President Obama speaks at the White House alongside Vice President Biden on January 16, 2012, about a new push to control gun violence. Credit: Reuters/Larry Downing.
One month and two days after the shootings in Newtown, the White House unveiled a broad strategic plan for reducing gun violence—and unlike too many other moments in his presidency, Obama went big. The policy proposals are ambitious, as was the presidential rhetoric used to ask for them.
The major features of the plan include:
An assault weapons ban: “Weapons designed for the theater of war have no place in a movie theater,” Obama said, in an obvious reference to the seventy-one people shot in Aurora, Colorado, this summer, while noting that Ronald Reagan also favored such a ban. Obama asked Congress to pass another assault weapons ban—the last one expired in 2004—and to close the loopholes that existed last time. Senator Dianne Feinstein’s legislation is a near-certain vehicle for this proposal.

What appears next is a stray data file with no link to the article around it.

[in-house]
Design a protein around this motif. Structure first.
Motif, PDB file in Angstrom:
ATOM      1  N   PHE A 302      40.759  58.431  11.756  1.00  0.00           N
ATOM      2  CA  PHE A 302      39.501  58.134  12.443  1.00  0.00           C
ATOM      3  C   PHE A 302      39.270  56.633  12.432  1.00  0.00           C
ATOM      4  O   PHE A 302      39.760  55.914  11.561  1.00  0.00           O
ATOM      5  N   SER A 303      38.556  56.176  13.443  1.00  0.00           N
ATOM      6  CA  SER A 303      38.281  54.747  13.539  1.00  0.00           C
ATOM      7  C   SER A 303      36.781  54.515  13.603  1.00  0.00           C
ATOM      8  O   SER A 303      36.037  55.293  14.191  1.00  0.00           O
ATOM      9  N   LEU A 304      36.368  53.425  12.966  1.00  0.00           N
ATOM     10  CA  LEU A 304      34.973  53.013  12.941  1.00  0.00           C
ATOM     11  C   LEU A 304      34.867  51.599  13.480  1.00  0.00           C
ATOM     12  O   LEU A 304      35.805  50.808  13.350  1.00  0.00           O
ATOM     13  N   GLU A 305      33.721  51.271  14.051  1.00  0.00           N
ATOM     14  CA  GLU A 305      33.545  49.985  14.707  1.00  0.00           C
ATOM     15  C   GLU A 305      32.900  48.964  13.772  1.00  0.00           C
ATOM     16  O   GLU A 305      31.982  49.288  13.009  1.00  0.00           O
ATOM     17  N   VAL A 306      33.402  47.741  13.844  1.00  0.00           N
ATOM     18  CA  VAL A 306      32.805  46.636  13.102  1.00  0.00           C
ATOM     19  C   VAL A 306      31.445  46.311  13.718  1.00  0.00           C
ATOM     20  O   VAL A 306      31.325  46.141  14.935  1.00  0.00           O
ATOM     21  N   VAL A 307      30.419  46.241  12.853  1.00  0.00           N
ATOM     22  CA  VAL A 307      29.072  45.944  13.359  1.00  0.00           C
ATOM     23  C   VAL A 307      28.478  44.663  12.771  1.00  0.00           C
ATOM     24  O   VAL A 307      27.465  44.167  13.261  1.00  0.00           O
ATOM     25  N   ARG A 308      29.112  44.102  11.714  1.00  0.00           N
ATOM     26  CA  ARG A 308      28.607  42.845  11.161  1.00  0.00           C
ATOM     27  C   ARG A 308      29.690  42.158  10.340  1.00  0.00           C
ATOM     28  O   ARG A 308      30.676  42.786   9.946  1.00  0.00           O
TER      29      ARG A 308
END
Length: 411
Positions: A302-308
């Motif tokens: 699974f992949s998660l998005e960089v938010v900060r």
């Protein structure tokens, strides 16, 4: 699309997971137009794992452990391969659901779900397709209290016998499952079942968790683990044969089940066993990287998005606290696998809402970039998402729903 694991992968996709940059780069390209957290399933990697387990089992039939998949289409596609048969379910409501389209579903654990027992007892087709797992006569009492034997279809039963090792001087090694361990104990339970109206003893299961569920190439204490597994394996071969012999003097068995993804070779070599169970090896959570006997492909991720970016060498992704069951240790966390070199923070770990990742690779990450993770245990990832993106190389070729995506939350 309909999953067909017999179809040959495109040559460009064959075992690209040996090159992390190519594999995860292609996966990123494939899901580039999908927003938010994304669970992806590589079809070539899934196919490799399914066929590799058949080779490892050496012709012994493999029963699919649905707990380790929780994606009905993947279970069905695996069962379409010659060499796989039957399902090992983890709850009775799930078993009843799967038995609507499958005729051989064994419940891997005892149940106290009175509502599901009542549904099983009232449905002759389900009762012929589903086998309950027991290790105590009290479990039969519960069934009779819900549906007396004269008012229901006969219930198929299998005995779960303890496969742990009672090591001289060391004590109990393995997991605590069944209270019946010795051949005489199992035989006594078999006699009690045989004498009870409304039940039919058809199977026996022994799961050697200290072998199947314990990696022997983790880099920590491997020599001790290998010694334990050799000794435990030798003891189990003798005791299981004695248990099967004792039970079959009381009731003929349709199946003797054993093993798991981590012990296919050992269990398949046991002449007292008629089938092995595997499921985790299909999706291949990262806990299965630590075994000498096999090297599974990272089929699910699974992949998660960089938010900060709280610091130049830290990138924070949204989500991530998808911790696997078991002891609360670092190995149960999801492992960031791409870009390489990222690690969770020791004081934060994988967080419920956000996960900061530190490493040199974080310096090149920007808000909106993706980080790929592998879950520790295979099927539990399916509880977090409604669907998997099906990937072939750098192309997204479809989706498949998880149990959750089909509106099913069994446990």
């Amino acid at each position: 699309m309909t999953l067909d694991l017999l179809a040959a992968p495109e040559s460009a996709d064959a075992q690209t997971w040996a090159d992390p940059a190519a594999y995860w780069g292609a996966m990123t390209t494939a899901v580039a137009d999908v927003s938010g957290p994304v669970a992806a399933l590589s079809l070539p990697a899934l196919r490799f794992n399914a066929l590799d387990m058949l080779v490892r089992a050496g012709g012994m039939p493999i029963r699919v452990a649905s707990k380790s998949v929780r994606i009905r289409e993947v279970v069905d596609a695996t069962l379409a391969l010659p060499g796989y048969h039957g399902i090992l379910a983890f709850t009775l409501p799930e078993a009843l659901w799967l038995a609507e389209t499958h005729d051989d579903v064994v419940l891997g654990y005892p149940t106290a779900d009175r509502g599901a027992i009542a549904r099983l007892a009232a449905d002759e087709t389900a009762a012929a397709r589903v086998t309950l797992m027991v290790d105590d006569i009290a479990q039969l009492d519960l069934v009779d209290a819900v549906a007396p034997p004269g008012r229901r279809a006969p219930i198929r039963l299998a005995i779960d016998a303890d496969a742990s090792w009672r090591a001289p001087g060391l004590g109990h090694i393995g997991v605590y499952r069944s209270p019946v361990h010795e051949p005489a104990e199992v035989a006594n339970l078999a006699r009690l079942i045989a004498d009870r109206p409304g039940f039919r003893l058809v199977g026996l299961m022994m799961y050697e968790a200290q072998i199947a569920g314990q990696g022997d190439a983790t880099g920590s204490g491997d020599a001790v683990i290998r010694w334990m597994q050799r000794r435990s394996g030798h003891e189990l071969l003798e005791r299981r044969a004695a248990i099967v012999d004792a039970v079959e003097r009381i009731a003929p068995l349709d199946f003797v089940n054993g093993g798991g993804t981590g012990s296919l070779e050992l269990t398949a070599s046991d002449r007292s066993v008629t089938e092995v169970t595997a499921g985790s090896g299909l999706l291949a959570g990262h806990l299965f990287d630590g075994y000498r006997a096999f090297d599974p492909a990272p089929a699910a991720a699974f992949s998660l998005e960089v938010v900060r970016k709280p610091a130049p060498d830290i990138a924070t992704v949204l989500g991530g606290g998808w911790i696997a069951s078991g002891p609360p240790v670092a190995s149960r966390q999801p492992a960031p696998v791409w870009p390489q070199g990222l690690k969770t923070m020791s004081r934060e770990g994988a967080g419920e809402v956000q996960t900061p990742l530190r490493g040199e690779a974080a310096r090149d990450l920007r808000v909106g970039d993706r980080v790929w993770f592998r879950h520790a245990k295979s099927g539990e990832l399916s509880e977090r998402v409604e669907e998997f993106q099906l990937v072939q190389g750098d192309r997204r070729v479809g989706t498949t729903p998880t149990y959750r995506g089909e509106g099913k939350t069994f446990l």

Ban on high-capacity magazines: Obama proposes capping magazine clips at ten bullets, which is also a feature of Feinstein’s bill.
Universal background checks: Obama noted that 40 percent of the gun sales in America are conducted “privately,” and thus buyers are not subject to background checks. The White House flags this as the “single most important thing we can do to prevent gun violence.” Obama asked Congress to not only close the gun show loophole but require background checks for all gun sales, with narrow exceptions for transfers between family members and temporary transfers for hunting purposes.
Ban armor-piercing bullets: This is something the law enforcement community is strongly behind—police don’t want bullets that can break through their vests being fired at them. Obama wants Congress to ban not only the sale of these bullets, but also ownership and transfer—in other words, a total ban. It’s a good policy idea, but also one that focuses the public debate on some of the truly absurd weapons Americans are allowed to easily obtain.
Fund police officers: Obama wants Congress to pass $4 billion to fund police enforcement around the country. This is a slight (very slight) paean to the NRA proposal to put armed officers in every school in America, but also dovetails with the administration’s long-standing pleas for Congress to fund public sector employment in the cash-strapped states. Similarly, Obama wants Congress to fund 1,000 new school counselors and $50 million spent on an anti-bullying initiative.